Yuehe Huang and Gregory A. Lang
To study the effects of pollen sources on ovule and berry development in southern highbush blueberries (Vaccinium corymbosum hybrids), 5-year-old `Sharpblue' plants were moved into a greenhouse for self- and cross-pollination experiments. Cross-pollination with `Gulfcoast' and `O'Neal' as pollen sources increased fruit weight by 58.2% and 54.9%, respectively, compared to self-pollination. Cross-pollination did not affect the number of total and small ovules significantly but did double the number of fully developed ovules and increase the average ovule size by 14%. The increase in number and size of fully developed ovules correlated with the significant difference in berry fresh weight between self- and cross-pollination. Cross- and self-pollination showed good correlations between fruit fresh weight and number or cross-sectional area of fully developed ovules. There was a poor correlation between fruit fresh weight and the number or cross-sectional area of partially developed ovules. This study provides further evidence that berry size in southern highbush is influenced strongly by the development of fully developed ovules.
Gregory A. Lang and Jiaxun Tao
We have previously demonstrated that a protein of ∼62 kD decreases in response to temperature during the final stages of chilling unit accumulation in dormant peach flower buds (Lang and Tao, 1991, HortSci. 26:733). To further examine proteins that potentially may be associated with endodormancy, floral buds, spurs, and/or shoots were collected during winter from `Anna' apple, various blueberry cultivars, `MidSouth' grape, `20th Century' pear, `Hawthorne' peach, and `Santa Rosa' plum. Soluble proteins were extracted and analyzed by one-dimensional SDS-PAGE. A major protein of ∼62 kD was present in plum, and lesser amounts of one or two similar proteins were found in blueberry, but not in apple or grape. The 62 kD peach protein originally found in buds was also present, in lesser proportions, in peach shoot xylem and phloem tissues, but not in petioles or seeds. Apple exhibited a major protein band at ca. 31 kD that may be a storage protein. The similarities and disparities in protein profiles between fruit crops, as well as changes that occur during winter, will be discussed with respect to dormancy, cold hardiness, and storage compounds.
Gregory A. Lang and Joshua Tao
Plant dormancy research has long been stifled by the lack of appropriate biochemical markers to characterize the changing physiological status of dormant vegetative or reproductive buds. Two sets of experiments were conducted in an attempt to identify changes in soluble protein profiles during endodormancy of peach and blueberry reproductive apices. Bud samples from the peach cultivars `La Festival' (low chilling requirement) and `La White' (moderate chilling requirement) were taken every 15 days in the orchard during December and January, extracted for soluble proteins, and analyzed by one-dimensional sodium dodecyl sulfate-polyacrylamide gel electrophoresis (SDS-PAGE). Outshoots were forced at 25C in a growth chamber to determine the intensity of endodormancy. A further experiment utilized potted `Bluechip' and `Meader' (troth high chilling requirement) blueberry plants given varying periods of cold (4.5C) chamber treatment, followed by forcing at 25C in a growth chamber. Bud samples were taken following cold treatment for extraction and SDS-PAGE. The relationship of the resulting protein profiles to chilling unit accumulation and intensity of endodormancy will be discussed.
Yuehe Huang and Gregory A. Lang
Five-year-old `Sharpblue' southern highbush (Vaccinium corymbosum) plants were self- and cross-pollinated (`O'Neal') to study peroxidase activities and isozyme patterns during fruit development. Both soluble and bound peroxidase activities were present throughout development. Activities were very high during early fruit development, with peaks at 10 and 20 days after self- and cross-pollination, respectively. Activity was much higher for cross-pollinations. During rapid fruit development, peroxidase activities were low. During ripening, the activity of soluble peroxidases increased, then declined in both treatments. Bound peroxidase activity increased during the color transition from blue to dark blue, with the increase being much greater in self-pollinated fruits. Banding patterns of both soluble and bound isoperoxidases varied by pollination treatment as well as fruit developmental stage. Pollen sources alter peroxidase isozymes and activities in developing fruits. During fruit ripening, soluble peroxidase activity appears to be associate with the color transition from light blue to blue, while bound peroxidase activity appears to be associated with the color transition from blue to dark blue.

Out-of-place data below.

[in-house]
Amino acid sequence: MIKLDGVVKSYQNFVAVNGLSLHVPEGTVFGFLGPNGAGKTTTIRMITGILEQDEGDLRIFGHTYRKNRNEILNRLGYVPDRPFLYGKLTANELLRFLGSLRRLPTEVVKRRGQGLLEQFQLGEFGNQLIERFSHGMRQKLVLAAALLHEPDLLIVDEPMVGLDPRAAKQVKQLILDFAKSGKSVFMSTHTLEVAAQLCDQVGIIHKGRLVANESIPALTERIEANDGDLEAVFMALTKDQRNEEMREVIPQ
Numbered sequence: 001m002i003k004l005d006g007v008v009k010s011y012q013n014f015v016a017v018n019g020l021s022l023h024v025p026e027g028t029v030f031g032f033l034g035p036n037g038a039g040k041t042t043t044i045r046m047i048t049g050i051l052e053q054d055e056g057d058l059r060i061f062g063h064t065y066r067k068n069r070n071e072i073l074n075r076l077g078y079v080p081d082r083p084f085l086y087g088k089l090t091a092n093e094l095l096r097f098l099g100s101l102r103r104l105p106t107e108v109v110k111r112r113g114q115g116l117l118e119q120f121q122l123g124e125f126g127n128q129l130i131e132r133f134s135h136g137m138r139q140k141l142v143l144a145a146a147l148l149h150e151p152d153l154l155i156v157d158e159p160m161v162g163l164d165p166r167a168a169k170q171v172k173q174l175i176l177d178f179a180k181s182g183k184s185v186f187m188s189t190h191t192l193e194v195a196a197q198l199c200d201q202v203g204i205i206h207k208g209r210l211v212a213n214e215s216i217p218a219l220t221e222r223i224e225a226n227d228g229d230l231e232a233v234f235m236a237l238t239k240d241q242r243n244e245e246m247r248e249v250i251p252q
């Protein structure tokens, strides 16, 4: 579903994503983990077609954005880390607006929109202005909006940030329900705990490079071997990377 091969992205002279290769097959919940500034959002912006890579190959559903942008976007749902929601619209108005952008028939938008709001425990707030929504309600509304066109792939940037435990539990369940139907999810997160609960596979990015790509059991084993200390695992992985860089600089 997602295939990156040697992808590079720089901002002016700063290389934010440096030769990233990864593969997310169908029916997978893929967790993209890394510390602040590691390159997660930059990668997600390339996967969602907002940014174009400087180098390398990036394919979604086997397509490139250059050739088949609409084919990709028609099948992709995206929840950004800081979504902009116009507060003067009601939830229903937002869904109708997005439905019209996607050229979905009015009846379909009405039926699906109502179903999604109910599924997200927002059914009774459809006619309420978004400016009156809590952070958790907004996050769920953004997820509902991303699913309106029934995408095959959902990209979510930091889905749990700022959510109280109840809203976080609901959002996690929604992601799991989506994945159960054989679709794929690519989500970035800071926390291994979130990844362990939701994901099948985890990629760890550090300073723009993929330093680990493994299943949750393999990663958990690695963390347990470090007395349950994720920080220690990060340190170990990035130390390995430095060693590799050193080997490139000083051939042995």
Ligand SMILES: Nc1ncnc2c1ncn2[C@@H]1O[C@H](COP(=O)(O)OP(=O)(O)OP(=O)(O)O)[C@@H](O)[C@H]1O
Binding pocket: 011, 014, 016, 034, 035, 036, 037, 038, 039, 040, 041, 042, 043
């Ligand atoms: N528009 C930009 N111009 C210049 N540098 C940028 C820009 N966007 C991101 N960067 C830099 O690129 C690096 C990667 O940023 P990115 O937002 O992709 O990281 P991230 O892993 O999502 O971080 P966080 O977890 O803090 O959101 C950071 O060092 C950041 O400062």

Gregory A. Lang and Jiaxun Tao
The postharvest performance of early ripening southern highbush blueberries `Sharpblue' and `Gulfcoast' was evaluated under storage and simulated retail conditions. In general, `Gulfcoast' fruit were 28% heavier than those of `Sharpblue', which had a higher percent soluble solids concentration (SSC) and lower titratable acidity (TA). Quality loss, as indexed by fresh weight, percent decayed fruit, or changes in SSC, pH, or TA, was insignificant in first-harvest fruit of either cultivar when kept in storage (2C) for up to 7 days. Transfer of fruit stored at 2C for 3 days to simulated retail conditions at 21C for 4 days significantly increased fresh weight loss and decay, but not beyond levels deemed unmarketable. Second-harvest fruit were smaller than first-harvest fruit, and those of `Sharpblue' fruit were more prone to decay. However, storage quality of both cultivars was acceptable through 11 days at 2C. Retail quality, as influenced by decay incidence, was acceptable after 3 days at 2C plus 4 days at 21C, but not after 3 days at 2C plus 8 days at 21C. Overall, fruits of these early ripening southern highbush blueberry cultivars performed well under postharvest conditions and are suitable for expanding production of premium fresh blueberries by growers in the Gulf coastal plains.